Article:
The biggest problem that conditional cards face in Modern day Magic is the throng of oppressive alternatives that get printed without any meaningful costs or stipulations. After all, why jump through hoops to make something work when you can blindly jam things like Gray Merchant of Asphodel, Inferno Titan and Sylvan Primordial that don't give a damn what you have or haven't done to support them? This is why I'm so excited to see Razaketh, the Foulblooded because he's a card legitimately worth jumping through hoops for. Let's start from the top.
First, Razaketh, the Foulblooded is legitimately one of the best creatures to be casting regardless of how you're doing it and what your strategy is. As much as I love playing Reanimator and curving turn 1 Putrid Imp into turn 2 Animate Dead on Razaketh, the Foulblooded I'm still plenty happy to ramp him out with things like Cabal Coffers, Nykthos, Shrine to Nyx, Worn Powerstone and Crypt Ghast in my Control/Ramp/Midrange decks as well. The idea here is that even if you have to tap 8 Swamps to cast him "the fair way" he's still a card that you're going to want in your decks. I'm going to explain why in a second, bear with me for the time being, just understand that this card has no barriers nor limitations. If you enjoy playing "Magic" and your deck is "Black" you can probably make Razaketh work.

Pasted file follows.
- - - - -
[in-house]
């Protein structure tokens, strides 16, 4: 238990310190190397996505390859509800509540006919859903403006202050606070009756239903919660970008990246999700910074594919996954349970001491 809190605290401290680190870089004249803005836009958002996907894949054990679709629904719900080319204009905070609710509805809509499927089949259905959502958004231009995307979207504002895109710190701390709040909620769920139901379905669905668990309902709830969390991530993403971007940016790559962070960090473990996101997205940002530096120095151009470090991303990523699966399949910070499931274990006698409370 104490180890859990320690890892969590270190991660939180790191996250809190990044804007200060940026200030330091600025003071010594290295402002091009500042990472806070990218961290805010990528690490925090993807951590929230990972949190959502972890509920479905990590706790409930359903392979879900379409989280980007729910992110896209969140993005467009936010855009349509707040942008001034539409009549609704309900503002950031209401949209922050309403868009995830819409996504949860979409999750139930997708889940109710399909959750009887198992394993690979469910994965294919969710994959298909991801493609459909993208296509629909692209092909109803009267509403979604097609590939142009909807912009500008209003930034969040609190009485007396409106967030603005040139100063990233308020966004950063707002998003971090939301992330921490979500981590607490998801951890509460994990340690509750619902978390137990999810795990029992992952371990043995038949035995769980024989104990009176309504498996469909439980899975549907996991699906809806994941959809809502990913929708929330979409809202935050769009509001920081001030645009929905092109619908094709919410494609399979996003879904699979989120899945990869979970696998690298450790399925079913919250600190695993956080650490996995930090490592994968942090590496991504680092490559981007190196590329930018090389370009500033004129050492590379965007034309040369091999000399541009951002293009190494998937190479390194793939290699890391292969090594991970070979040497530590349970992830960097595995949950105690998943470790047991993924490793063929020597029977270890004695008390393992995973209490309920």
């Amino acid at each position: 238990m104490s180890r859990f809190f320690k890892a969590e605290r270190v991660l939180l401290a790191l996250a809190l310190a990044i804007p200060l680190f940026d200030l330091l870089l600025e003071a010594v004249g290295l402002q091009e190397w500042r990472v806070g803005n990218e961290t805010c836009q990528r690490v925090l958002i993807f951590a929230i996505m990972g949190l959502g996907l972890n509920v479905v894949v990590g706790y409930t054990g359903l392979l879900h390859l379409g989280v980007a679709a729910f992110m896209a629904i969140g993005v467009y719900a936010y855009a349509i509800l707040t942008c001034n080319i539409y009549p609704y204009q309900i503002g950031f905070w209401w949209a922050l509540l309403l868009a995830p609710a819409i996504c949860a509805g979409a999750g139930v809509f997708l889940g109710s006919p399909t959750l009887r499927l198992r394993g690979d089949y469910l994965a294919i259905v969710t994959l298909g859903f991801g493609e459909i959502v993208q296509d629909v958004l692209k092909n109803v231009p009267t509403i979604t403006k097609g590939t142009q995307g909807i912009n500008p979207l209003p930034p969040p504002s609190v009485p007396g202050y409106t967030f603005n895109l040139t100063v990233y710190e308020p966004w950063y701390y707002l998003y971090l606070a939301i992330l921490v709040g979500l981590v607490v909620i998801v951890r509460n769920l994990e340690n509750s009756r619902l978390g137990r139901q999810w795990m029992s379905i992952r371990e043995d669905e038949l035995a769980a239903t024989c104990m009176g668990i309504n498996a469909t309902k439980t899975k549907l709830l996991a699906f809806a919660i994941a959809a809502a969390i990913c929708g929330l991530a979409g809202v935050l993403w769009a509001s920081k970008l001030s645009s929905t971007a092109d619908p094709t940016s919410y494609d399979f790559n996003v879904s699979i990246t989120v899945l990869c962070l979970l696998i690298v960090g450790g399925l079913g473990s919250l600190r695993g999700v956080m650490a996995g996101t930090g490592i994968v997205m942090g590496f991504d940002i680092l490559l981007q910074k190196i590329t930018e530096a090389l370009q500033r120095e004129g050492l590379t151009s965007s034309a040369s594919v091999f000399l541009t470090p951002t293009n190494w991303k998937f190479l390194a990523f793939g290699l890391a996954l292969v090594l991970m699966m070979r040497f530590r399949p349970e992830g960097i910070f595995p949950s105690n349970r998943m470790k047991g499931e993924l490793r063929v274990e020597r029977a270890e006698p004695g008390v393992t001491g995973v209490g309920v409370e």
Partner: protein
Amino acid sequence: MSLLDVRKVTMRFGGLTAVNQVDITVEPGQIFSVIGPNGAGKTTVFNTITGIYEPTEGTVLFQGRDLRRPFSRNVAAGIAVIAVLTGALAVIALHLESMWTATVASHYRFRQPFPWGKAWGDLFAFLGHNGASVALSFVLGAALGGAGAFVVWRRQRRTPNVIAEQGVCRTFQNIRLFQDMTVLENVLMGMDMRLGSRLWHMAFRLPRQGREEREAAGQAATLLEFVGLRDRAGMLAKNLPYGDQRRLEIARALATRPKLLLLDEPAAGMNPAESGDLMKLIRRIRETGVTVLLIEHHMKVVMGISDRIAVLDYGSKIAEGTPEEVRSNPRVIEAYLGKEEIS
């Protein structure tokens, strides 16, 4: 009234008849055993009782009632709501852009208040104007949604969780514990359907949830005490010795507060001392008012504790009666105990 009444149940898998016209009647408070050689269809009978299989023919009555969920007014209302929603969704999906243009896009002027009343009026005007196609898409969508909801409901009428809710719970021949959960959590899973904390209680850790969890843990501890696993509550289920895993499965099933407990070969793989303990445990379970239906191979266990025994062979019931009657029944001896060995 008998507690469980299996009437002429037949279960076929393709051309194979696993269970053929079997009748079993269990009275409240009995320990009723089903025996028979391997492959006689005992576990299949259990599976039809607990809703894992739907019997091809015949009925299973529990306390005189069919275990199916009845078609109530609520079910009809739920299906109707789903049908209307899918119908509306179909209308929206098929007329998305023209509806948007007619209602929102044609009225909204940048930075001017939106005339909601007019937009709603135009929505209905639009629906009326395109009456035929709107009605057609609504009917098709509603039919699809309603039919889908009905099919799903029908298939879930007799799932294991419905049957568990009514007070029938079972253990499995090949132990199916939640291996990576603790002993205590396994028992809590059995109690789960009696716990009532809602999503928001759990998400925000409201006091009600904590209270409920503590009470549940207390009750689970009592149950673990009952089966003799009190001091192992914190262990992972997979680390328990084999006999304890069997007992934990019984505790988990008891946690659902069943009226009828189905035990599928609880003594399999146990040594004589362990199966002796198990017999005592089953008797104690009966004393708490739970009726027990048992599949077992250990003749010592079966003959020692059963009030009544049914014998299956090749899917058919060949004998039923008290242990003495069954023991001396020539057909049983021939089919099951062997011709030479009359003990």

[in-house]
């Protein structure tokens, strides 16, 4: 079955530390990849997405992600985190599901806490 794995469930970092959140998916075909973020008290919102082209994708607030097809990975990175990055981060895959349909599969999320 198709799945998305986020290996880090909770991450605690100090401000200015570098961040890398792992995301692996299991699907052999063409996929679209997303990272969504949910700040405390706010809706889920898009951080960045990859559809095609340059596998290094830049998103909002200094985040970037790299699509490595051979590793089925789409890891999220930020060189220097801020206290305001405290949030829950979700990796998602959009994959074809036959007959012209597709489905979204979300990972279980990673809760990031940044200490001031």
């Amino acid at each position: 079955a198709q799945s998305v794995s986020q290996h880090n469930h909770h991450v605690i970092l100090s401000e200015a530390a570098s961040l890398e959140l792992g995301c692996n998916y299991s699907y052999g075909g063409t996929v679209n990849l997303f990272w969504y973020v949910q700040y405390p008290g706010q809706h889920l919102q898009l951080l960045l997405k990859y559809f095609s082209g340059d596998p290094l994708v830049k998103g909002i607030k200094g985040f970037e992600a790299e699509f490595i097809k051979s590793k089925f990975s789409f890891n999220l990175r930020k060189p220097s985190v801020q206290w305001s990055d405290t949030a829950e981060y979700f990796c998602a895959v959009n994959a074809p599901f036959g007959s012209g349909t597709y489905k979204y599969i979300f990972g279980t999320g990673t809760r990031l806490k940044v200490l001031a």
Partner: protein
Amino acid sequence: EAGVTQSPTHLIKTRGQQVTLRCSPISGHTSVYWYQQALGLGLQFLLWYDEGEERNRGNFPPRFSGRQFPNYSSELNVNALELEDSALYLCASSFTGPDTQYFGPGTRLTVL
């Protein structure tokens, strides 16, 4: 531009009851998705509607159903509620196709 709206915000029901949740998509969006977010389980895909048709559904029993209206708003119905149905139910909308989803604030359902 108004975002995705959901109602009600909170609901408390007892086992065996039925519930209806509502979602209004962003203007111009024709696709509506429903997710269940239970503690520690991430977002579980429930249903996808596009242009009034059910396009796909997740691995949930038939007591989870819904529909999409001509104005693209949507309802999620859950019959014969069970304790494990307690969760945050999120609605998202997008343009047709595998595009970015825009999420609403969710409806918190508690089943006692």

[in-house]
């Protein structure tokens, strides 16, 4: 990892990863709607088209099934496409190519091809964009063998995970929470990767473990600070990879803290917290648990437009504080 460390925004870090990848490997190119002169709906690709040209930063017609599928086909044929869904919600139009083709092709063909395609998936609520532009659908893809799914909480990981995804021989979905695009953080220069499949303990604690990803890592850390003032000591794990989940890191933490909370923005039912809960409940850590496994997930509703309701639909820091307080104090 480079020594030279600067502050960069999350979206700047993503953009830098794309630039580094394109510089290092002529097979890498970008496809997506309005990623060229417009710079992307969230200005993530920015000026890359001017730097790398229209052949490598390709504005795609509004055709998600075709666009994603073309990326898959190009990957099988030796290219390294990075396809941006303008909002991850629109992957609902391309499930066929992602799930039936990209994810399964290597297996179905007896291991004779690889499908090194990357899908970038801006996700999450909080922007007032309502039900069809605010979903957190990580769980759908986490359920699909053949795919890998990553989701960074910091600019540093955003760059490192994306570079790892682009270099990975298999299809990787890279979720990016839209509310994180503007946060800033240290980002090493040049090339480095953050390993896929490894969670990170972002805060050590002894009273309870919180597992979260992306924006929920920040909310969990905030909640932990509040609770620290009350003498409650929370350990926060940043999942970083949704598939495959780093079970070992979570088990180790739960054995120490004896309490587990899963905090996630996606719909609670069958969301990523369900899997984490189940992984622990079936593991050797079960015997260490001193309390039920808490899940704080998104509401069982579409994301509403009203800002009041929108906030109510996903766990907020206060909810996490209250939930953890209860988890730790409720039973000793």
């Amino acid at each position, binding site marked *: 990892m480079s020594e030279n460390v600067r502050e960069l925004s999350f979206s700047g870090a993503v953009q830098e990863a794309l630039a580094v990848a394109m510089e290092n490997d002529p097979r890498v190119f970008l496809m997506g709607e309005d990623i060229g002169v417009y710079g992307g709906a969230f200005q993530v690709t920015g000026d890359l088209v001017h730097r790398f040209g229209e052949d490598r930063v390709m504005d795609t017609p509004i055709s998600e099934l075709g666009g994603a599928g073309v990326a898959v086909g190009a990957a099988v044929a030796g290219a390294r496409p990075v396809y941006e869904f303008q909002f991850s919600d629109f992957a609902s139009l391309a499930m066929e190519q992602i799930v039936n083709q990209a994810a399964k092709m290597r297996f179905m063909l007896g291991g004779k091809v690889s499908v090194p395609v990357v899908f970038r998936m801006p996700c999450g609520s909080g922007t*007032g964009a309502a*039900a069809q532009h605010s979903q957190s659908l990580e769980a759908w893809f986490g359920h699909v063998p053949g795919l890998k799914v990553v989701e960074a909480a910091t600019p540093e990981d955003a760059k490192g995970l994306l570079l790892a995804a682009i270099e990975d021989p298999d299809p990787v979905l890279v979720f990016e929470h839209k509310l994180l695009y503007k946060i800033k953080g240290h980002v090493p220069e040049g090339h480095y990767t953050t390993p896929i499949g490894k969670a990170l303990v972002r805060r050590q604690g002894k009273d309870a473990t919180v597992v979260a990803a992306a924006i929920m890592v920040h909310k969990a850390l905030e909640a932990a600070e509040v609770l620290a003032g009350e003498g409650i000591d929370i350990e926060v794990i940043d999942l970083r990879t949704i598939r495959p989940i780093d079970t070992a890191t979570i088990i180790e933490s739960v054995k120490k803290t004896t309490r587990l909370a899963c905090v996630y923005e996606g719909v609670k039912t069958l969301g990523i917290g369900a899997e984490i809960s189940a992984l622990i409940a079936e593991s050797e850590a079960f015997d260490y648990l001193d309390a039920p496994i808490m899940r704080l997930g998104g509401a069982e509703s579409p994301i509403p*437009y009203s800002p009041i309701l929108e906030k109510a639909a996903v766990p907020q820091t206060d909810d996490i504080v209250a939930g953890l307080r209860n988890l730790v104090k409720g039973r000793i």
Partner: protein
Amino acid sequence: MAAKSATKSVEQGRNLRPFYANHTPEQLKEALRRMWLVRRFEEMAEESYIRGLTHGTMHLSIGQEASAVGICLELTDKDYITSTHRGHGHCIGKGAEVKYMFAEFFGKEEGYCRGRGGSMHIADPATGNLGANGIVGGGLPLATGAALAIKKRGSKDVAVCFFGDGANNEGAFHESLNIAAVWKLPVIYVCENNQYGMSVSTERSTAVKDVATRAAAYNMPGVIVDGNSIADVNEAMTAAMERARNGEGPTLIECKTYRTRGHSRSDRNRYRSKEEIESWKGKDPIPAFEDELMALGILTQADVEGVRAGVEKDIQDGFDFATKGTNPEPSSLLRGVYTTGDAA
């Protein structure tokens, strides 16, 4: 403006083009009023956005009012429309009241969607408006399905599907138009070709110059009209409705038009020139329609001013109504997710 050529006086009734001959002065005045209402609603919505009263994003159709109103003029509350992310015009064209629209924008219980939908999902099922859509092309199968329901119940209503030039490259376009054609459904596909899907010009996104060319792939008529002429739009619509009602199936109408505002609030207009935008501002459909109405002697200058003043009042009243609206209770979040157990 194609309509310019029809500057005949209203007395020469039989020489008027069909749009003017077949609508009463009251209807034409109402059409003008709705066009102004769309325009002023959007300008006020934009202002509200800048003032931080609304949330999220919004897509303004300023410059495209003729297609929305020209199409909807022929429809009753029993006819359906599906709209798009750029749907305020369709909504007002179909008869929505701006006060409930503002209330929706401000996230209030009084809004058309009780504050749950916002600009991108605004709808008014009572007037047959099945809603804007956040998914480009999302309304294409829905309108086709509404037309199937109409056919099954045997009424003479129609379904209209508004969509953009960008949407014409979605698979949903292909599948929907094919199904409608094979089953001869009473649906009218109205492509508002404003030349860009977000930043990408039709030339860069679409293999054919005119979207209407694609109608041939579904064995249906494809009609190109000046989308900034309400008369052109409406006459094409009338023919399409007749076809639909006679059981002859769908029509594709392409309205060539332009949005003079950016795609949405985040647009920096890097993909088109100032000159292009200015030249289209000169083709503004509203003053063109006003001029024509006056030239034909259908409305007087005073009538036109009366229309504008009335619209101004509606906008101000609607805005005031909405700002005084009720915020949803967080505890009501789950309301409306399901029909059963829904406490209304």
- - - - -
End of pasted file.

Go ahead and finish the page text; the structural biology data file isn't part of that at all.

Moving on, Razaketh, the Foulblooded does so much and asks so little. In order to make this card work you basically just need to be playing with a reasonable quantity of fodder such as Hapless Researcher, Insolent Neonate, Putrid Imp, Viscera Seer, Reassembling Skeleon, Bloodghast, Dusk Legion Zealot, Ophiomancer, etc. Given that most of your Reanimator/Sacrifice/Prison/Control decks are going be fielding them anyways this typically isn't even relevant. After all, the upside is that every other creature in your deck can become a Demonic Tutor at any time and for any reason. Someone wants to kill him? Fetch Not of this World. Need some health back? Fetch Gray Merchant of Asphodel or Aetherflux Reservoir? Need some resilience? Start grabbing other revival spells or start building towards something like Buried Alive + Living Death. Heck, do anything that your heart desires because you can literally any creature/token that you own and go "you know what I could really use right now? BLANK. Let's convert this into a BLANK." It's well and truly insane how powerful that this card is once it hits the field because it's like none of the rules even apply to you any longer. Whereas everyone else is bound by some semblance of resources and restrictions you can smugly exclaim "oh, that's cute" as you blatantly break every rule in the game.